The Law: Insolvency

When the economy is down insolvency work is high, and while work is varied lawyers must be prepared for its negative side


The Law: InsolvencyWhats it all about?
When a company runs into financial difficulties a number of professional advisers, including insolvency lawyers and accountants, are called in to remedy the situation. A company is technically insolvent if its debts are greater than its assets.

If a company fails to pay its bills then its creditors (the individuals and institutions a company owes money to) may call in the administrators to help rescue the company from financial collapse. Administrators are typically partners at accountancy firms for instance the administrators for collapsed car manufacturer MG Rover were Pricewaterhouse-Coopers partners Ian Powell, Tony Lomas and Rob Hunt.

When a company goes into administration a number of things can happen. Some of the companys assets may be sold off to decrease its debt, or the company may be sold off in bits to repay its debt. If these solutions prove unsuccessful then the company may be wound up; this is also referred to as liquidation.

The pros:
Large variety of work and clients
Involvement on high-profile deals
The chance to do court work

The cons:
Considered by some to be a negative practice area
Work is cyclical when the economy is booming insolvency lawyers are less busy
Hours are long when a big restructuring is underway

Finally
Look out for phrases such as going into administration in newspapers financial pages for more real-life examples of cases involving insolvency lawyers
And dont forget, in the UK it is individuals, not companies, who become bankrupt

The working culture
Insolvency lawyers will go through periods of intense work followed by quieter moments. Insolvency work tends to pick up when the economy slows down as more companies find themselves in financial difficulty. For instance, in recent months a number of retailers, including the likes of womens clothing chain Kookai and off-licence chain Unwins, went into administration due to difficult trading conditions.

Insolvency involves a lot of research because regulation is changing constantly and much of this is carried out by junior lawyers. In contrast, senior lawyers will find themselves leading cases, drafting documents and meeting clients.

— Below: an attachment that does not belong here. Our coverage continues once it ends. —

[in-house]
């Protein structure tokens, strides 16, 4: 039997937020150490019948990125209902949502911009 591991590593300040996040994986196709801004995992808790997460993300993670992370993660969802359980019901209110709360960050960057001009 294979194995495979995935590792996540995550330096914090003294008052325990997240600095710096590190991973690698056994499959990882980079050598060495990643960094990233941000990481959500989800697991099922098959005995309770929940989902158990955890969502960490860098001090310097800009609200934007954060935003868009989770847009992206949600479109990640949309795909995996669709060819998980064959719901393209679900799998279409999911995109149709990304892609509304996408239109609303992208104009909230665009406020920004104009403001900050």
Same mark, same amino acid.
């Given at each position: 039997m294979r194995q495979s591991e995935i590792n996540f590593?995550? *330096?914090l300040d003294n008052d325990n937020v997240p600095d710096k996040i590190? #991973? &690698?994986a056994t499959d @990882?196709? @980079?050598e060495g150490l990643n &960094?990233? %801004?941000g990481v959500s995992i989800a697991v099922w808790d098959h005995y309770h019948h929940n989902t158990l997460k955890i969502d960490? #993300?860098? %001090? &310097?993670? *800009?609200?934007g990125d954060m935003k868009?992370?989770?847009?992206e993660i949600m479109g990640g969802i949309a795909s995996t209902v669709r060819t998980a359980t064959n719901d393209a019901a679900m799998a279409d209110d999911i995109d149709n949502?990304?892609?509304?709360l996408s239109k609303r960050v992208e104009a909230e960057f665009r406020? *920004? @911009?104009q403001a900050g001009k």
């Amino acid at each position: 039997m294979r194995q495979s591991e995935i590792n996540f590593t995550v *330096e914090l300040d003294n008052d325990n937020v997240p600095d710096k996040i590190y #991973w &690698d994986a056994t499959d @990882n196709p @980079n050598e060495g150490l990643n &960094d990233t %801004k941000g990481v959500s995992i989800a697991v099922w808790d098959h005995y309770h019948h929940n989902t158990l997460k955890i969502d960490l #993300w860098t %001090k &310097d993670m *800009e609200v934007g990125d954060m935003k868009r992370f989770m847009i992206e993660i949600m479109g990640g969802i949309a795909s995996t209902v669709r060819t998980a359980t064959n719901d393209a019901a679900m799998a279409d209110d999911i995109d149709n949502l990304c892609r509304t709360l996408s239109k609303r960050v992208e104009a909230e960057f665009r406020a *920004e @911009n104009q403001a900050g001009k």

Why is this interesting?
Although insolvency is quite a specialised area, lawyers will advise on companies working in a range of sectors, from energy to media to leisure. Insolvency practices are also normally split into contentious (a situation where parties are in disagreement) and non-contentious work, so it helps if lawyers have a working knowledge of both areas, as some insolvencies often involve litigation.

Personal and legal skills required
Insolvency lawyers need a good knowledge of all the regulatory issues surrounding administrations and should have the ability to pick up knowledge about different industries very quickly. Lawyers also need the temperament to be able to work in an area that involves the end of something, rather than the beginning of something new.

Case Study

The operators of the UKs link with mainland Europe, Eurotunnel, are in the midst of one of the largest debt restructuring projects in history.

Lawyers, creditors and bankers are negotiating with each other in an attempt to slash Eurotunnels unmanageable 6.2bn debt to 2.9bn.

Magic circle firm Clifford Chance and New York-based Sullivan & Cromwell are advising the banks, with Freshfields Bruckhaus Deringer, Herbert Smith and Weil Gotshal & Manges advising Eurotunnel.

Meanwhile, US firms Kirkland & Ellis, Cadwalader Wickersham & Taft and Debevoise & Plimpton are acting for creditors European Investment Bank, MBIA and Oaktree respectively.

With so many parties with interests in a restructuring worth hundreds of millions of pounds, it is no wonder that negotiations have been ploughing on for years.

Most recently Allen & Overys client Deutsche Bank found itself blamed by the company for halting talks with unreasonable demands. It offered an alternative plan to restructure the companys debt after a solution from Goldman Sachs and Macquarie Bank had already been agreed with the parties.